What results would you like to see from this program? Do you foresee a movement to expand it nationally?
I’m not sure, nor is Myrna, what results we’d like to see from the program but the most important thing is for people to keep an open mind, to be willing to try non-invasive, experiential, joyful, gratifying and rewarding programs like the school musical and see what positive impact it has on the brain, on behavior, on the capacity to learn and to grow emotionally and to see how children respond to newfound respect and deference from their teachers, their parents, their siblings and their colleagues in their schools.
For the next 18-24 months, we’ve retained Dr. Robert Cancro and a team to do medical observation, focus on plasticity of the brain and try to learn more, educate ourselves and freely disseminate the results so that any special needs school, summer camp, private school, public school – whoever it may be who cares – can bring these children joy, help them in their desire to navigate school life and then daily life. I don’t believe that it is within the Gershon’s province to address prevention of autism or a cure for autism but certainly we can help increase awareness, dispel some fear and misinformation and provide a bright and shining moment in these children’s lives and in their community and with their families along the way.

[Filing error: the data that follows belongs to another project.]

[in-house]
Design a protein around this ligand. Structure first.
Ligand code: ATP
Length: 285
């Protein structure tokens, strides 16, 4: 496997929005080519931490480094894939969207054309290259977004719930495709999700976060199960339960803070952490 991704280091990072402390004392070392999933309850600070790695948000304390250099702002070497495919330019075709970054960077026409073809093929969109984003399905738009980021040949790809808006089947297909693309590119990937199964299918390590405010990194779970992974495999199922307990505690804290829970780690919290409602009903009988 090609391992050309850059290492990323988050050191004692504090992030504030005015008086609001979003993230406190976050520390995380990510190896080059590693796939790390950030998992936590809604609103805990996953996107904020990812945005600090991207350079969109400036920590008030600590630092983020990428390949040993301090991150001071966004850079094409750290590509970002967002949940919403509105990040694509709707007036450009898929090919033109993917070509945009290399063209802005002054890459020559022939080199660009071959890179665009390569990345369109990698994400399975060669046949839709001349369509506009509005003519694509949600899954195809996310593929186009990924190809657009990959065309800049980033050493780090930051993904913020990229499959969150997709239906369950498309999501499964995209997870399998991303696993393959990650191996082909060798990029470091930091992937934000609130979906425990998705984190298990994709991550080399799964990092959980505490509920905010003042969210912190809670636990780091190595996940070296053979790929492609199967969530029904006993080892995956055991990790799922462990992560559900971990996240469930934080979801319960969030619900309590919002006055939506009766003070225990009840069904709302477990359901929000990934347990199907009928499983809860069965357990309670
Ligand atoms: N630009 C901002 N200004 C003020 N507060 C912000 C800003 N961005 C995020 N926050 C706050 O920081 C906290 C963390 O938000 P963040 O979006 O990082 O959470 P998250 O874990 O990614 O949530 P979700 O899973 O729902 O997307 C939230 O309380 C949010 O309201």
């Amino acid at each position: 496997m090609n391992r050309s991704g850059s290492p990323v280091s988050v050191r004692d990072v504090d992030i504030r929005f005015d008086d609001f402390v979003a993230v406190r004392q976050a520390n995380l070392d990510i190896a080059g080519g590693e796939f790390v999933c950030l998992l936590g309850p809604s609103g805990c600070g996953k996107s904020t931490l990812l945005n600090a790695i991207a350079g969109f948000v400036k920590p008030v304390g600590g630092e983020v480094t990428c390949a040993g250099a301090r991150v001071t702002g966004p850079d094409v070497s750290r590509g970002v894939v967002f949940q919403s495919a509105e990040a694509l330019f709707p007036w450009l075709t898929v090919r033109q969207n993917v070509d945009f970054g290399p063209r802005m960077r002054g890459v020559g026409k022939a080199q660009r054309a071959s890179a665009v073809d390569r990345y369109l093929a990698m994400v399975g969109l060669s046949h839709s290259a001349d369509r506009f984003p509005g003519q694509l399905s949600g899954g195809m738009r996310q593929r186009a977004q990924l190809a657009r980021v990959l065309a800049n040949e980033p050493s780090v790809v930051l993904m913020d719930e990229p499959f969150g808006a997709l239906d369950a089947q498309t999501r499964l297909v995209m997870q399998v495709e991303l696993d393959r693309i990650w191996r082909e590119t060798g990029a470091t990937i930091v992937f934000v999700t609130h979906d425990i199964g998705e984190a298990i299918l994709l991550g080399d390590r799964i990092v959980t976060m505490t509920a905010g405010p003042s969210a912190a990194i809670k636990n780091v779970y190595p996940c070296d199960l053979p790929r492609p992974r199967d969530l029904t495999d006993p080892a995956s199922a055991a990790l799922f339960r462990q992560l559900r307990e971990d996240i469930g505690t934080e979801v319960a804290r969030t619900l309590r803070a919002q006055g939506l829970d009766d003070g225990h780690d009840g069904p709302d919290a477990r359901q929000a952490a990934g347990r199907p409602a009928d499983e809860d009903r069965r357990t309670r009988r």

We already know that there is an effective spillover into reading, language arts and required curriculum and that when students express themselves artistically and learn about teamwork and how others depend on them and therefore how to be responsible and how to mentor their colleagues and interact with them and how to communicate through word and action. The autistic children are in the same space as all these other kids in America, a life-enhancing space. This is not just about teaching a song or a scene or painting a set or making a costume or creating a prop. It is about giving a child a sense of accomplishment and self-esteem. Giving them a role to play whether it be big or small, giving them a goal, to reach for something, to stretch for something, to attain a level and to be applauded for it, they can accomplish what they have to do on whatever level they feel comfortable but they learn quickly that the only way they could do it is to work in a collegial, collaborative fashion and by using their own imagination and creativity and inventiveness as a team and as individuals.
This takes a bit of financial lubrication, encouragement by wonderful teachers, nurturing by a school administration and usually a great principal, and the reward of being celebrated by their teachers, by their schoolmates and by their families
Is there anything else you’d like to share with the Autism Speaks community about your foundation’s work with autistic children?
Every autistic child should be given a chance to shine in this fashion, with all the tools and nurturing it takes to make the best of their lives.